LIKE

Define a condition where an entire character string matches (or does not match) a pattern of characters.

Syntax

string [NOT] LIKE | ILIKE pattern [ESCAPE 'character']
string

A character string or an expression that evaluates to a character string.

LIKE | ILIKE
  • Pattern matching with LIKE is case-sensitive. The operator ~~ is equivalent to LIKE.
  • Pattern matching with ILIKE is case-insensitive. The operator ~~* is equivalent to ILIKE.
  • The !~~ and !~~* operators are equivalent to NOT LIKE and NOT ILIKE, respectively.
pattern
The pattern for LIKE and ILIKE must contain constants or query parameters. You cannot apply LIKE and ILIKE to function expressions or table column names. The pattern is a character string, in quotes, that may include the following wildcard characters:
  • A percent symbol (%) matches any set of characters.
  • An underscore (_) matches any one character.
A pattern without wildcards behaves the same as a condition with the equals operator (=).
ESCAPE 'character'
Identifies a single escape character that you can use when you want pattern matching to find actual percent and underscore characters, rather than use these characters as wildcards. The character must be identified here, and it must be placed before the percent or underscore character in the pattern itself.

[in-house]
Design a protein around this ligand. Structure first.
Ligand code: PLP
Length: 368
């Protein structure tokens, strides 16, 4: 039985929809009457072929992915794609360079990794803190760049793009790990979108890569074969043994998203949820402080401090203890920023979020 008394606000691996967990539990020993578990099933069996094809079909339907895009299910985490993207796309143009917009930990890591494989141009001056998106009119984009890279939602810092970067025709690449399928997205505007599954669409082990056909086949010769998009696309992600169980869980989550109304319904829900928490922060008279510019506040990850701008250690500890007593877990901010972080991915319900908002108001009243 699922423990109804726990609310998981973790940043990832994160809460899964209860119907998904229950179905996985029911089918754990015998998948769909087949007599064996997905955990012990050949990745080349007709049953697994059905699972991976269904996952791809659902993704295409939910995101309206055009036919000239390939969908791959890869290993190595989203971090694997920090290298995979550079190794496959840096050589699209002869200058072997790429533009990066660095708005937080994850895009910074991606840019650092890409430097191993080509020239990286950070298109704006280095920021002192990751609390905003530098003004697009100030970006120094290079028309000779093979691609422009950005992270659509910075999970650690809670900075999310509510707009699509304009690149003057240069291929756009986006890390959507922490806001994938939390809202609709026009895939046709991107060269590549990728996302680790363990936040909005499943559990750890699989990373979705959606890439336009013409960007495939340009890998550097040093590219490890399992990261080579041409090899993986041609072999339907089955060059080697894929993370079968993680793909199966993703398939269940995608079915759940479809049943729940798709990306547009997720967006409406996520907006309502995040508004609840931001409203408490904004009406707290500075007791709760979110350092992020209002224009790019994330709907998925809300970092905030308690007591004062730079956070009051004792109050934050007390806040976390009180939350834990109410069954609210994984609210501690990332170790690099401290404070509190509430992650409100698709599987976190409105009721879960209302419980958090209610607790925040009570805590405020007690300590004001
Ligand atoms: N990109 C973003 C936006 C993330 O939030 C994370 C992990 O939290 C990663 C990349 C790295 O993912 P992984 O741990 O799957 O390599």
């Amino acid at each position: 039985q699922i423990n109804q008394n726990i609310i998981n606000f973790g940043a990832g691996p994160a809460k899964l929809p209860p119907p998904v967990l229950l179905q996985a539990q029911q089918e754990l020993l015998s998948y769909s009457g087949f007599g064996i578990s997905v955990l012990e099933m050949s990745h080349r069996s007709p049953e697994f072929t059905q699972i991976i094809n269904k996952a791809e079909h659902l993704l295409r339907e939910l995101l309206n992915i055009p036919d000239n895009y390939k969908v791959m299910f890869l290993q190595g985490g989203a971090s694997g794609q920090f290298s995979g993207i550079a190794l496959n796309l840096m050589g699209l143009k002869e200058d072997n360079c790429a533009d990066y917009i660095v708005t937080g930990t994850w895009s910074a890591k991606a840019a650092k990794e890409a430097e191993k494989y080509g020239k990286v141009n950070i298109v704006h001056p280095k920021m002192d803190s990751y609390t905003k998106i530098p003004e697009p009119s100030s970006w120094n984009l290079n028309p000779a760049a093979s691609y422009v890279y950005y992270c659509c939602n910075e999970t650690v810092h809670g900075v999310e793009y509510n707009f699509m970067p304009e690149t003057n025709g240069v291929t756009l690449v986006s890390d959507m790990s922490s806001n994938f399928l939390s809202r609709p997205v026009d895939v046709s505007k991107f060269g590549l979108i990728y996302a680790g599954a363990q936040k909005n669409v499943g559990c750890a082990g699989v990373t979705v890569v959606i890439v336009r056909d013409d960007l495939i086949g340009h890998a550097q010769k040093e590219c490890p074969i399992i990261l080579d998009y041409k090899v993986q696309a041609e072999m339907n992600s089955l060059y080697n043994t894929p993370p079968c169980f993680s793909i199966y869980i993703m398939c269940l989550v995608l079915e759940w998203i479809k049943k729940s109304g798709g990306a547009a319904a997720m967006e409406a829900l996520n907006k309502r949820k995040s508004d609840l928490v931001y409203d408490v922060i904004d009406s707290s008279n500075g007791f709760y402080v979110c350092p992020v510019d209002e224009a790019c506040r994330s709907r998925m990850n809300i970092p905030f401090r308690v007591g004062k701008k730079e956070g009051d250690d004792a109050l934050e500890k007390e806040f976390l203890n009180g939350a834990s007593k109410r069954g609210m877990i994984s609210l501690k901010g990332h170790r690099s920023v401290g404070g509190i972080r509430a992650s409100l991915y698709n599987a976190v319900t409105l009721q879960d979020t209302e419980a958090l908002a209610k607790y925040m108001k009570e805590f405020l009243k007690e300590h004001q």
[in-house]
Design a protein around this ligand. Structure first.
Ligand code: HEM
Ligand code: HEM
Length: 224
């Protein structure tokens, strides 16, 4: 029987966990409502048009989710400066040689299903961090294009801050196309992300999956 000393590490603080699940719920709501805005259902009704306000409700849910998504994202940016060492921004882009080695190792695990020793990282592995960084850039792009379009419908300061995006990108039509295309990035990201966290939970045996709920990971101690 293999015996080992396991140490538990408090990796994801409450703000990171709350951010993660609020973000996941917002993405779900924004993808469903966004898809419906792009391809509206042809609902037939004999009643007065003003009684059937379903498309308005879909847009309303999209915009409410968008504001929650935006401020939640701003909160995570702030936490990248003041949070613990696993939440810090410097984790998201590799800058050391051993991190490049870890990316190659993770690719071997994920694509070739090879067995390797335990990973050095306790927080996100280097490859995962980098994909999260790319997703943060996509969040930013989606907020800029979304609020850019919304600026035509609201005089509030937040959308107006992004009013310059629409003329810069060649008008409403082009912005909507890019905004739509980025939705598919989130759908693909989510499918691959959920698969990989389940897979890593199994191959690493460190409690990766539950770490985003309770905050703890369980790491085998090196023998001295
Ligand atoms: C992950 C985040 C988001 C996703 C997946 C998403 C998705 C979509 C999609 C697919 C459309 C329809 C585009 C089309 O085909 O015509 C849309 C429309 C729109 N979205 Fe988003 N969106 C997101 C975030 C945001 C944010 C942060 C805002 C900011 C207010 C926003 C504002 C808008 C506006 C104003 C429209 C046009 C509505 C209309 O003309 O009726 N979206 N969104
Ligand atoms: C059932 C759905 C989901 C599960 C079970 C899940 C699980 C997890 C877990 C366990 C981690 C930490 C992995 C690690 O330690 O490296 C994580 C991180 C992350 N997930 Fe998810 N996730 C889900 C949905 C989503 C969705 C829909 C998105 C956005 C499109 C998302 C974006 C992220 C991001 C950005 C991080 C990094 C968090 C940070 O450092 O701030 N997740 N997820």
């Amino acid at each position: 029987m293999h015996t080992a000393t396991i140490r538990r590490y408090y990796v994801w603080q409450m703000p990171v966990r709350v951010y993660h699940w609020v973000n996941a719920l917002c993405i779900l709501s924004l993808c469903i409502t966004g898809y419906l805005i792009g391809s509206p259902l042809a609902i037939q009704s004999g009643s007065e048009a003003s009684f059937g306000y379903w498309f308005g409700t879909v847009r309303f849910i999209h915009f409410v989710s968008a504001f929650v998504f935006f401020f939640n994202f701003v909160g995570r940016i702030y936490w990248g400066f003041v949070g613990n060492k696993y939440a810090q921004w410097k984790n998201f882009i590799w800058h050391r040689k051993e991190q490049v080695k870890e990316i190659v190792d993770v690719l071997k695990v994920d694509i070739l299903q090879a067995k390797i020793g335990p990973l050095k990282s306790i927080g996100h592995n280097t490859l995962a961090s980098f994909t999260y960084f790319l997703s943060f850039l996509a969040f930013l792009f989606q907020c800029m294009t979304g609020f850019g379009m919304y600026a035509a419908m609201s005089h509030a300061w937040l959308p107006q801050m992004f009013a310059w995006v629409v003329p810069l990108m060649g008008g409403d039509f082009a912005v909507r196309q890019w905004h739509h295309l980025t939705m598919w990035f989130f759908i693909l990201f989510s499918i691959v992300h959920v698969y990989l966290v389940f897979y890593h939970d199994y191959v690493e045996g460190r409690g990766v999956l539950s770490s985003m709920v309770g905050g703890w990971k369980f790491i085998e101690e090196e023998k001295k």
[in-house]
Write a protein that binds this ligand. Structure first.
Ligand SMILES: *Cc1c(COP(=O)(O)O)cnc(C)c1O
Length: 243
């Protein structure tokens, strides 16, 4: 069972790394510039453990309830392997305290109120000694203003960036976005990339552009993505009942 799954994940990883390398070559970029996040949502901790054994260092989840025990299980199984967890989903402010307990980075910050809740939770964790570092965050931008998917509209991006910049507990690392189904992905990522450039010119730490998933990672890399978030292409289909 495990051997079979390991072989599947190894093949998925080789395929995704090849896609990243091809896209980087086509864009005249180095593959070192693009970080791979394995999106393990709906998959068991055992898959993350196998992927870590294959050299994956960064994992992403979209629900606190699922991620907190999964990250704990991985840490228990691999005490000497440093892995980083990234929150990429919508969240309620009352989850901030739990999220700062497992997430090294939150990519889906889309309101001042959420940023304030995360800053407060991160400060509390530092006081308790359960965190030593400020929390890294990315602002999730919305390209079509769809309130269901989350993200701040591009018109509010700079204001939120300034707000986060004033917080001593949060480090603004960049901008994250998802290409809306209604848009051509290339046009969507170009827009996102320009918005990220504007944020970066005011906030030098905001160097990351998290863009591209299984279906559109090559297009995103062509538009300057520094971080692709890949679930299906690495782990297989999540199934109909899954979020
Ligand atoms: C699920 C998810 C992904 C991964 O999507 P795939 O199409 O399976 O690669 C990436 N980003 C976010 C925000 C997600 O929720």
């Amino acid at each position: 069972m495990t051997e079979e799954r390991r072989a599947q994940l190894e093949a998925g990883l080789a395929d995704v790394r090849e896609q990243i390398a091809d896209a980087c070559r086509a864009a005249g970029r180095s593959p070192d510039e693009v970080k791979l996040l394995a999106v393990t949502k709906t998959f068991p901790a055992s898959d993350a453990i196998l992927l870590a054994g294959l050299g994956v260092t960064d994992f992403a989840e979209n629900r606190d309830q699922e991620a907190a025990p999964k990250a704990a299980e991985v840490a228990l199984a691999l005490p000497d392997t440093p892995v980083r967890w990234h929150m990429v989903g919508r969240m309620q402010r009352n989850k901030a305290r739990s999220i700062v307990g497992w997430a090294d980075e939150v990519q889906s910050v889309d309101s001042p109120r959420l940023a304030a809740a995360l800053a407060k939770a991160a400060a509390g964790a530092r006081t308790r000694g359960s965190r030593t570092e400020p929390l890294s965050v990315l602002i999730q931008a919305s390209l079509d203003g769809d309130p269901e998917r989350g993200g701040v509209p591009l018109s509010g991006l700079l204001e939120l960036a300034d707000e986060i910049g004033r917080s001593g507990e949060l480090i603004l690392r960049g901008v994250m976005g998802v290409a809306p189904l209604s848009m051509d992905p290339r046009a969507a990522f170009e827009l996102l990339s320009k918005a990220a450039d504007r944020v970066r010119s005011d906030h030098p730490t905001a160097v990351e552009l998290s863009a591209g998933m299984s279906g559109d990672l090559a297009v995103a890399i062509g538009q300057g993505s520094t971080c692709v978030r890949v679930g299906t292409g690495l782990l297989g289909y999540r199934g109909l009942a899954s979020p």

Examples

This example selects all the rows from the match table where full-time scores begin with 8.
premdb=# SELECT * FROM match 
WHERE ftscore LIKE '8-%' 
ORDER BY seasonid;
 seasonid |      matchday       | htid | atid | ftscore | htscore 
----------+---------------------+------+------+---------+---------
        8 | 1999-09-19 00:00:00 |   28 |   85 | 8-0     | 4-0
       16 | 2008-05-11 00:00:00 |   27 |   74 | 8-1     | 2-0
       18 | 2010-05-09 00:00:00 |   14 |   95 | 8-0     | 2-0
       20 | 2011-08-28 00:00:00 |   26 |   51 | 8-2     | 3-1
       21 | 2012-12-23 00:00:00 |   14 |   52 | 8-0     | 3-0
(5 rows)
The following example shows the behavior of the escape character. The third query returns only one value because it defines an escape character for the condition ('/') and references it in the LIKE pattern (LIKE '75/%'). Therefore, %, in this case, does not represent a wildcard.
premdb=# SELECT * FROM escapetest;
     c1     
------------
 75p       
 75%       
(2 rows)

premdb=# SELECT * FROM escapetest WHERE c1 LIKE '75%';
     c1     
------------
 75p       
 75%       
(2 rows)

premdb=# SELECT * FROM escapetest WHERE c1 LIKE '75/%' ESCAPE '/';
     c1     
------------
 75%       
(1 row)
You cannot use LIKE to compare one named table column with another:
premdb=# select * from team where name like city;
ERROR:  Pattern found in LIKE must be a string literal